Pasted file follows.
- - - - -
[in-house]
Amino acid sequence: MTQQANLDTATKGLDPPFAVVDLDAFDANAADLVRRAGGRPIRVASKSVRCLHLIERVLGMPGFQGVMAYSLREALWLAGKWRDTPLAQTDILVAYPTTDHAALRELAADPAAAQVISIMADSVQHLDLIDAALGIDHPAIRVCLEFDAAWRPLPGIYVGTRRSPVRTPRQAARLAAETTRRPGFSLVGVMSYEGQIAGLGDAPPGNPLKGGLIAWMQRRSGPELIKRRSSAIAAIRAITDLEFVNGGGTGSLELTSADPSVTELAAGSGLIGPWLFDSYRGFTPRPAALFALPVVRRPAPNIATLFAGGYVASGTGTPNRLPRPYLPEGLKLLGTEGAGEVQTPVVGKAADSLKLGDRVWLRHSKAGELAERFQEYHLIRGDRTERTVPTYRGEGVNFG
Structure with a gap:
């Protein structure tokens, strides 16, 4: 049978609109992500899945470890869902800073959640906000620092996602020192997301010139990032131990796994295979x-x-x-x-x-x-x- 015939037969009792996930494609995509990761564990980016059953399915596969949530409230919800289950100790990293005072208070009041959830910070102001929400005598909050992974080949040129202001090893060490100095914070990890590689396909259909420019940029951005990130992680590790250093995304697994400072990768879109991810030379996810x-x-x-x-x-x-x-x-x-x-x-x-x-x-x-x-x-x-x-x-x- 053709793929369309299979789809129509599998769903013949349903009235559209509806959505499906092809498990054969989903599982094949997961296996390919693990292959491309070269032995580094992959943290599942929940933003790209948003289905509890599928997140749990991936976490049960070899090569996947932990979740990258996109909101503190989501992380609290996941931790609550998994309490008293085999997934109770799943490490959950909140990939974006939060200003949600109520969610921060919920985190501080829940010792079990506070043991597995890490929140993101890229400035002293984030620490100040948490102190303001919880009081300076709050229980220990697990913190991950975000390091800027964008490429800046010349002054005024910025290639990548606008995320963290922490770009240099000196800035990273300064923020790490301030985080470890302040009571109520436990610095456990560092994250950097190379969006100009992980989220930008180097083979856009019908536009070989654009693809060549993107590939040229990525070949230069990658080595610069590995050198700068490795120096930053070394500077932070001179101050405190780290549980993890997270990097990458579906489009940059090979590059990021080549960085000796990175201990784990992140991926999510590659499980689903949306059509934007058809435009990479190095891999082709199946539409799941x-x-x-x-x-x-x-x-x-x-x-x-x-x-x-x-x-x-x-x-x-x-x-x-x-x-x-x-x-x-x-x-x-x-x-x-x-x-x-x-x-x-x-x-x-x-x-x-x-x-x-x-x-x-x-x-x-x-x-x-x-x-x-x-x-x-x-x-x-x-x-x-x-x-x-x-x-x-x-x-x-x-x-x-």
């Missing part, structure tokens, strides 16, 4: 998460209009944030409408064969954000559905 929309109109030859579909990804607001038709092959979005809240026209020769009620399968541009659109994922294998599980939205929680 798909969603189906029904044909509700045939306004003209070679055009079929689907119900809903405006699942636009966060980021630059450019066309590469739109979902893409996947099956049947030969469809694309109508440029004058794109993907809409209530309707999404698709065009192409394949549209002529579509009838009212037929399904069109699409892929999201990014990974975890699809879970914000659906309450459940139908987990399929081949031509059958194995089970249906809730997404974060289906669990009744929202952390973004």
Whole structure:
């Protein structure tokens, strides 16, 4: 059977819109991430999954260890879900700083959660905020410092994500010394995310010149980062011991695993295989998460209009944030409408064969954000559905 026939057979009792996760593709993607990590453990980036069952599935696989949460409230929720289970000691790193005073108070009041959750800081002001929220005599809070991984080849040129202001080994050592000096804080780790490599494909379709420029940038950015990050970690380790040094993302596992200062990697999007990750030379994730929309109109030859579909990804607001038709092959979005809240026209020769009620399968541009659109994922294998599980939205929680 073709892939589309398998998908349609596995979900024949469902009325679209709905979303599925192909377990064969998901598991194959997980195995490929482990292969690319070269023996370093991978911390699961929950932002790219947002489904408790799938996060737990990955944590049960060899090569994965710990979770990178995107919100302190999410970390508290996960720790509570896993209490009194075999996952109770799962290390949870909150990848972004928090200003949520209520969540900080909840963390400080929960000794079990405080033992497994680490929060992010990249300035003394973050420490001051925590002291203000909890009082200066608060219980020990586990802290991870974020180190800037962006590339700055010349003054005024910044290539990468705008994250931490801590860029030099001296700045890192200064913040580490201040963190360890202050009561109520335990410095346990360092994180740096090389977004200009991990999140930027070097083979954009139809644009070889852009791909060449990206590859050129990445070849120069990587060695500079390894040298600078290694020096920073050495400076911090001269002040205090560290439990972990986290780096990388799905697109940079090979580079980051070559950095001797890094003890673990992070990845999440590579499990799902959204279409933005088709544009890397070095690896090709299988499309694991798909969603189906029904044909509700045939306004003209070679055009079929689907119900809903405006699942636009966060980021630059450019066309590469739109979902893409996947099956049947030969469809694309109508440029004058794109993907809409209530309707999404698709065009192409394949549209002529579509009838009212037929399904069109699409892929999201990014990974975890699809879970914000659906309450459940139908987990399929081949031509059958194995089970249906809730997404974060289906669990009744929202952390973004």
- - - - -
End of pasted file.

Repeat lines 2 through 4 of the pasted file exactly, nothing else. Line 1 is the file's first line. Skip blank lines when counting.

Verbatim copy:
Amino acid sequence: MTQQANLDTATKGLDPPFAVVDLDAFDANAADLVRRAGGRPIRVASKSVRCLHLIERVLGMPGFQGVMAYSLREALWLAGKWRDTPLAQTDILVAYPTTDHAALRELAADPAAAQVISIMADSVQHLDLIDAALGIDHPAIRVCLEFDAAWRPLPGIYVGTRRSPVRTPRQAARLAAETTRRPGFSLVGVMSYEGQIAGLGDAPPGNPLKGGLIAWMQRRSGPELIKRRSSAIAAIRAITDLEFVNGGGTGSLELTSADPSVTELAAGSGLIGPWLFDSYRGFTPRPAALFALPVVRRPAPNIATLFAGGYVASGTGTPNRLPRPYLPEGLKLLGTEGAGEVQTPVVGKAADSLKLGDRVWLRHSKAGELAERFQEYHLIRGDRTERTVPTYRGEGVNFG
Structure with a gap:
């Protein structure tokens, strides 16, 4: 049978609109992500899945470890869902800073959640906000620092996602020192997301010139990032131990796994295979x-x-x-x-x-x-x- 015939037969009792996930494609995509990761564990980016059953399915596969949530409230919800289950100790990293005072208070009041959830910070102001929400005598909050992974080949040129202001090893060490100095914070990890590689396909259909420019940029951005990130992680590790250093995304697994400072990768879109991810030379996810x-x-x-x-x-x-x-x-x-x-x-x-x-x-x-x-x-x-x-x-x- 053709793929369309299979789809129509599998769903013949349903009235559209509806959505499906092809498990054969989903599982094949997961296996390919693990292959491309070269032995580094992959943290599942929940933003790209948003289905509890599928997140749990991936976490049960070899090569996947932990979740990258996109909101503190989501992380609290996941931790609550998994309490008293085999997934109770799943490490959950909140990939974006939060200003949600109520969610921060919920985190501080829940010792079990506070043991597995890490929140993101890229400035002293984030620490100040948490102190303001919880009081300076709050229980220990697990913190991950975000390091800027964008490429800046010349002054005024910025290639990548606008995320963290922490770009240099000196800035990273300064923020790490301030985080470890302040009571109520436990610095456990560092994250950097190379969006100009992980989220930008180097083979856009019908536009070989654009693809060549993107590939040229990525070949230069990658080595610069590995050198700068490795120096930053070394500077932070001179101050405190780290549980993890997270990097990458579906489009940059090979590059990021080549960085000796990175201990784990992140991926999510590659499980689903949306059509934007058809435009990479190095891999082709199946539409799941x-x-x-x-x-x-x-x-x-x-x-x-x-x-x-x-x-x-x-x-x-x-x-x-x-x-x-x-x-x-x-x-x-x-x-x-x-x-x-x-x-x-x-x-x-x-x-x-x-x-x-x-x-x-x-x-x-x-x-x-x-x-x-x-x-x-x-x-x-x-x-x-x-x-x-x-x-x-x-x-x-x-x-x-």